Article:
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Bugs & us: the role of the gut in autoimmunity.

Luckey D, Gomez A, Murray J, White B, Taneja V - Indian J. Med. Res. (2013)

Bottom Line: Genomic wide association studies have confirmed the HLA (human leukocyte antigen) class II genes as the strongest risk factor for predisposition to RA.Using transgenic mice expressing RA-associated and resistant HLA genes, we have developed a collagen-induced arthritis (CIA) model that shares similarities with human disease in sex-bias, autoantibody profile and phenotype.Studies in animal models underscore the impact of the gut flora in extra-intestinal diseases.

View Article: PubMed Central - PubMed

Affiliation: Department of Immunology and Medicine, Division ofRheumatology, Mayo Clinic, Rochester, MN, 55905, USA.

ABSTRACT
Rheumatoid arthritis (RA) is a multifactorial disease and requires interaction between genetic and environmental factors for predisposition. The presence of bacterial DNA of the gut residing commensals in synovium as well as dysbiosis of certain commensal bacteria in faecal samples of RA patients as compared to controls suggest a significant role of the gut flora in pathogenesis of RA. The gut commensals are involved in host immune development and function suggesting they might be critical epigenetic factors modifying autoimmune diseases like RA. This raises the question if gut-derived commensal can be exploited to generate a biomarker profile along with genetic factors to define individuals at risk. Genomic wide association studies have confirmed the HLA (human leukocyte antigen) class II genes as the strongest risk factor for predisposition to RA. HLA-DQ8 and DRB1FNx010401 molecules predispose to develop arthritis while DRB1FNx010402 provides protection. Interaction between host genetic factors like major histocompatibility complex (MHC) and gut microbiota and its impact on the development of RA is difficult to study in humans due to high variability in the genetic factors and diet. Animal models provide a means to study the molecular basis of pathogenesis thereby providing a basis for developing therapeutic strategies. Using transgenic mice expressing RA-associated and resistant HLA genes, we have developed a collagen-induced arthritis (CIA) model that shares similarities with human disease in sex-bias, autoantibody profile and phenotype. Studies in transgenic mice suggest that arthritis-susceptibility may be associated with dysbiosis in the gut microbiome. Studies in animal models underscore the impact of the gut flora in extra-intestinal diseases. Exploring the role of gut microbes will significantly advance our understanding of RA pathogenesis and may further help develop strategies for mucosal modulation of RA.

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Relative abundance of OTUs in the faecal microbiomes of male and female *0401 and *0402 mice. (A) *0402 females show significantly higher relative abundances of Bifidobacterium-Parabacteroides OTUs while males harbour high levels of Barnesiella viscericola. (B) Bipartite interaction matrix plot showing the relationships between the main OTUs detected in male and female *0402 mice. (C) Male *0401 mice gut microbiome has higher frequency of Bifidobacteria compared to females. (D) Bipartite interaction matrix plot showing the relationships between the main OTUs detected and sex. The position, width and direction of the upper multicolor blocks and wedges show how abundant each OTU is in males or females. Source: Ref. 79.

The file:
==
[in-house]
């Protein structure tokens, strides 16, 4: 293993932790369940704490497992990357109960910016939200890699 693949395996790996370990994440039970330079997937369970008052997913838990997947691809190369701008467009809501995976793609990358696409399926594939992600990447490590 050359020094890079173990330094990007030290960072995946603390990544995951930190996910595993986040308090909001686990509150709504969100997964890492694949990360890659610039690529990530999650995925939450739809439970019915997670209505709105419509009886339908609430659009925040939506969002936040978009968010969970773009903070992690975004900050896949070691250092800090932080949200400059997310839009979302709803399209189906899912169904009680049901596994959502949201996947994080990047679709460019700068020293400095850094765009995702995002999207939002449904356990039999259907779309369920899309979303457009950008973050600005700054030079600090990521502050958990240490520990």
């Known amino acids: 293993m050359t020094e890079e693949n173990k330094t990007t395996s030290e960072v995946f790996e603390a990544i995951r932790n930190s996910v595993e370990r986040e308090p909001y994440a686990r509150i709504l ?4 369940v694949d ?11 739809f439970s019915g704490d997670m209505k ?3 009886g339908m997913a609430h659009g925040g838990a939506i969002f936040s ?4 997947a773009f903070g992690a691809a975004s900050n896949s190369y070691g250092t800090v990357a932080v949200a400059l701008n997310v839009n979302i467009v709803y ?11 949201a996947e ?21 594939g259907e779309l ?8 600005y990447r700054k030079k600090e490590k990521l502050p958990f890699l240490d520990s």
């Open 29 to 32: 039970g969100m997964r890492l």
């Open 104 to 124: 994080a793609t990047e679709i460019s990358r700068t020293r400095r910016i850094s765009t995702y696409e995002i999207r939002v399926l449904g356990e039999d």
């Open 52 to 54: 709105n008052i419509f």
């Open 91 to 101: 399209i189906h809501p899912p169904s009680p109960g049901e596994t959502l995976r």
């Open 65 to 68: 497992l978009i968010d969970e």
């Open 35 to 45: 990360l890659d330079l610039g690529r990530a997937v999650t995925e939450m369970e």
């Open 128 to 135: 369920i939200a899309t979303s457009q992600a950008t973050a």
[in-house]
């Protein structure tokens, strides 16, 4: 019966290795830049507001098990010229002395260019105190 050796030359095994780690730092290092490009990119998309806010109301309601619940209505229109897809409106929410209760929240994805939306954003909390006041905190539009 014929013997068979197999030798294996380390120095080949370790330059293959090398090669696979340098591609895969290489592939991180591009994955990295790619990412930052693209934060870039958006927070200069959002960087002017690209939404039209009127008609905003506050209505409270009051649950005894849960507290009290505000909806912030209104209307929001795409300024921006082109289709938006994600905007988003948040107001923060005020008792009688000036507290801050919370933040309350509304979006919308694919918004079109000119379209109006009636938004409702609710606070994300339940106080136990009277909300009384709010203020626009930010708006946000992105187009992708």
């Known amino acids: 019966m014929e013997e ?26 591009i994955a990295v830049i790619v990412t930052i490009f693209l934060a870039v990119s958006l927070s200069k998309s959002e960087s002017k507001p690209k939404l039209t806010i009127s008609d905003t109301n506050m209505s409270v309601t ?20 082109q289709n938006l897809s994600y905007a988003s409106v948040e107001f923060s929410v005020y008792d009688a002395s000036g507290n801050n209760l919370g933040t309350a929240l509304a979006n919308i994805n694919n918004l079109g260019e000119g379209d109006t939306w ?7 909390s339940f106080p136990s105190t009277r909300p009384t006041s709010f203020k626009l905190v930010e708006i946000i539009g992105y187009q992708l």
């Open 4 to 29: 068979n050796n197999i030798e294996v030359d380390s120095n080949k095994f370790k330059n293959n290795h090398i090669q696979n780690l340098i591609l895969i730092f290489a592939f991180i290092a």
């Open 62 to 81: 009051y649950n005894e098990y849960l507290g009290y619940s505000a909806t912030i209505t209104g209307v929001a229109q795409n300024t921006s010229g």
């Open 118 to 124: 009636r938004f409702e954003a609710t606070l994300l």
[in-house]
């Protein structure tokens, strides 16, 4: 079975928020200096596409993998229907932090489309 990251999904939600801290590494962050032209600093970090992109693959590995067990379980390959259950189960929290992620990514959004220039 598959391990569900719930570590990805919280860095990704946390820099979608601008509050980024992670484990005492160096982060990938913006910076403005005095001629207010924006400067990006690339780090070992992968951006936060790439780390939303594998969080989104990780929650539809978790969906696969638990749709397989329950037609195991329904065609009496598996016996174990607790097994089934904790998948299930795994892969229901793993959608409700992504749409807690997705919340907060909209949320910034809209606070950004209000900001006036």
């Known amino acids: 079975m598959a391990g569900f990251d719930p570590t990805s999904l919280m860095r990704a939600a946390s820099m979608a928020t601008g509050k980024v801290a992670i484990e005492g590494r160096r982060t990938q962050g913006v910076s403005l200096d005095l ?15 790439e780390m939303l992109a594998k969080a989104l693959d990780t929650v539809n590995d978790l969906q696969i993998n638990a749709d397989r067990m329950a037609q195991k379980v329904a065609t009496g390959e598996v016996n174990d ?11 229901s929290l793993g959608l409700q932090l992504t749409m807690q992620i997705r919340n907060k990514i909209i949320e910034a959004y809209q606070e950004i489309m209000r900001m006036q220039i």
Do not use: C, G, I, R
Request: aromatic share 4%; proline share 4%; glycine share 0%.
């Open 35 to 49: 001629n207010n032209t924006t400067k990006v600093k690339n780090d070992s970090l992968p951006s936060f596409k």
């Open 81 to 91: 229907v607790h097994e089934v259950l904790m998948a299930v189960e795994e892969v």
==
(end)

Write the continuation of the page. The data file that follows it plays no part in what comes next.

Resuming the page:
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Figure 3: Relative abundance of OTUs in the faecal microbiomes of male and female *0401 and *0402 mice. (A) *0402 females show significantly higher relative abundances of Bifidobacterium-Parabacteroides OTUs while males harbour high levels of Barnesiella viscericola. (B) Bipartite interaction matrix plot showing the relationships between the main OTUs detected in male and female *0402 mice. (C) Male *0401 mice gut microbiome has higher frequency of Bifidobacteria compared to females. (D) Bipartite interaction matrix plot showing the relationships between the main OTUs detected and sex. The position, width and direction of the upper multicolor blocks and wedges show how abundant each OTU is in males or females. Source: Ref. 79.

Mentions: According to ANOSIM test there were significant differences in the bacterial community structures between male and female *0402 mice that were driven by specific bacteria. The OTUs distributions at the genus and phylum levels confirmed that the higher abundance of Actinobacteria (including Bifidobacterium) and Bacteroidetes, and lower levels of Firmicutes (including Allobaculum) in *0402 females drive the observed differences between sexes in *0402 mice. In contrast, the ANOSIM test for *0401 mice did not show differences in faecal microbiota sex-based suggesting arthritis-susceptible mice had lost the microbial dynamism required for immune regulation in mice. However, *0401 males showed a significantly higher abundance of B. pseudolongum compared to females79 (Fig. 3). These data suggest that a loss of the gut microbial dynamism in females may, in combination with the genetic factors, contribute to disease susceptibility. These studies also point out that sex hormones may have a significant role in modulation of the gut microbiome. In humans, men with RA do have higher levels of estrogen84, suggesting that host gut-hormonal axis may modulate immune response in favour of susceptibility in genetically susceptible individuals.